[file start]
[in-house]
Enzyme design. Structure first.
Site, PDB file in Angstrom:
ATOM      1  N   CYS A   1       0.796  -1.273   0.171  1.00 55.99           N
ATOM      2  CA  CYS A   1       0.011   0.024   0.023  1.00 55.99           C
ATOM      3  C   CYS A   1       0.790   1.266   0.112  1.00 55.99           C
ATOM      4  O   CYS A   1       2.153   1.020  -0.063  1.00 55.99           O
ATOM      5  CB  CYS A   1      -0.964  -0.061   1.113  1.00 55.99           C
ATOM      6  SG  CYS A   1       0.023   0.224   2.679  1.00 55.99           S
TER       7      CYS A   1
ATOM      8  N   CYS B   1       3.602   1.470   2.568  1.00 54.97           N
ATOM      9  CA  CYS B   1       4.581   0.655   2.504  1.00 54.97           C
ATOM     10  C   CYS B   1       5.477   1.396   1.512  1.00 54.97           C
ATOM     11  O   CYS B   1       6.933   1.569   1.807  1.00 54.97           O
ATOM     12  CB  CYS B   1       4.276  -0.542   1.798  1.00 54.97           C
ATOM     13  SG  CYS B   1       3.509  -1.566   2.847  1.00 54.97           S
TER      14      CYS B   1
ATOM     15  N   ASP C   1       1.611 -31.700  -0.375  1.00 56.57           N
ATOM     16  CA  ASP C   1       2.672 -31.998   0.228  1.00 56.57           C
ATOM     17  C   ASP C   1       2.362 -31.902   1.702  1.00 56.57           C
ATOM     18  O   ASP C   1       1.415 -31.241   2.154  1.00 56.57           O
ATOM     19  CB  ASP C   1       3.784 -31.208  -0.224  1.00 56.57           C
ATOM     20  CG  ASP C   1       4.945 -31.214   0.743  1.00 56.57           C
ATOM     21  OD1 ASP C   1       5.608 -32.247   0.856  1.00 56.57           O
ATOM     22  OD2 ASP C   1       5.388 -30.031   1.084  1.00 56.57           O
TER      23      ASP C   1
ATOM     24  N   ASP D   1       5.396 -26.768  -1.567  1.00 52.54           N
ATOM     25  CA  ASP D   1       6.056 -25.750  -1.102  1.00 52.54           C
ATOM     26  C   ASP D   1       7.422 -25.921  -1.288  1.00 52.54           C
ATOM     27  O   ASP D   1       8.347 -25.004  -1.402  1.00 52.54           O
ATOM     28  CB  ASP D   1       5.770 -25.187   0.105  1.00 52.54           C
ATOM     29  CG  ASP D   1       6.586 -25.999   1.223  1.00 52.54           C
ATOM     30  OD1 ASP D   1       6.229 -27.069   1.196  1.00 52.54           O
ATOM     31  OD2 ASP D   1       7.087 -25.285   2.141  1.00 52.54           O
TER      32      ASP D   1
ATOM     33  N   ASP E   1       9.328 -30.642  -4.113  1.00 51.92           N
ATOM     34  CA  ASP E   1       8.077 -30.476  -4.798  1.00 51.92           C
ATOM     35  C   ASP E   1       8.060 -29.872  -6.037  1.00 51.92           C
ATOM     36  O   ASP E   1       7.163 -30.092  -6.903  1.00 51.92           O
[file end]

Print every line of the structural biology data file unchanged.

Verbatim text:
[in-house]
Enzyme design. Structure first.
Site, PDB file in Angstrom:
ATOM      1  N   CYS A   1       0.796  -1.273   0.171  1.00 55.99           N
ATOM      2  CA  CYS A   1       0.011   0.024   0.023  1.00 55.99           C
ATOM      3  C   CYS A   1       0.790   1.266   0.112  1.00 55.99           C
ATOM      4  O   CYS A   1       2.153   1.020  -0.063  1.00 55.99           O
ATOM      5  CB  CYS A   1      -0.964  -0.061   1.113  1.00 55.99           C
ATOM      6  SG  CYS A   1       0.023   0.224   2.679  1.00 55.99           S
TER       7      CYS A   1
ATOM      8  N   CYS B   1       3.602   1.470   2.568  1.00 54.97           N
ATOM      9  CA  CYS B   1       4.581   0.655   2.504  1.00 54.97           C
ATOM     10  C   CYS B   1       5.477   1.396   1.512  1.00 54.97           C
ATOM     11  O   CYS B   1       6.933   1.569   1.807  1.00 54.97           O
ATOM     12  CB  CYS B   1       4.276  -0.542   1.798  1.00 54.97           C
ATOM     13  SG  CYS B   1       3.509  -1.566   2.847  1.00 54.97           S
TER      14      CYS B   1
ATOM     15  N   ASP C   1       1.611 -31.700  -0.375  1.00 56.57           N
ATOM     16  CA  ASP C   1       2.672 -31.998   0.228  1.00 56.57           C
ATOM     17  C   ASP C   1       2.362 -31.902   1.702  1.00 56.57           C
ATOM     18  O   ASP C   1       1.415 -31.241   2.154  1.00 56.57           O
ATOM     19  CB  ASP C   1       3.784 -31.208  -0.224  1.00 56.57           C
ATOM     20  CG  ASP C   1       4.945 -31.214   0.743  1.00 56.57           C
ATOM     21  OD1 ASP C   1       5.608 -32.247   0.856  1.00 56.57           O
ATOM     22  OD2 ASP C   1       5.388 -30.031   1.084  1.00 56.57           O
TER      23      ASP C   1
ATOM     24  N   ASP D   1       5.396 -26.768  -1.567  1.00 52.54           N
ATOM     25  CA  ASP D   1       6.056 -25.750  -1.102  1.00 52.54           C
ATOM     26  C   ASP D   1       7.422 -25.921  -1.288  1.00 52.54           C
ATOM     27  O   ASP D   1       8.347 -25.004  -1.402  1.00 52.54           O
ATOM     28  CB  ASP D   1       5.770 -25.187   0.105  1.00 52.54           C
ATOM     29  CG  ASP D   1       6.586 -25.999   1.223  1.00 52.54           C
ATOM     30  OD1 ASP D   1       6.229 -27.069   1.196  1.00 52.54           O
ATOM     31  OD2 ASP D   1       7.087 -25.285   2.141  1.00 52.54           O
TER      32      ASP D   1
ATOM     33  N   ASP E   1       9.328 -30.642  -4.113  1.00 51.92           N
ATOM     34  CA  ASP E   1       8.077 -30.476  -4.798  1.00 51.92           C
ATOM     35  C   ASP E   1       8.060 -29.872  -6.037  1.00 51.92           C
ATOM     36  O   ASP E   1       7.163 -30.092  -6.903  1.00 51.92           O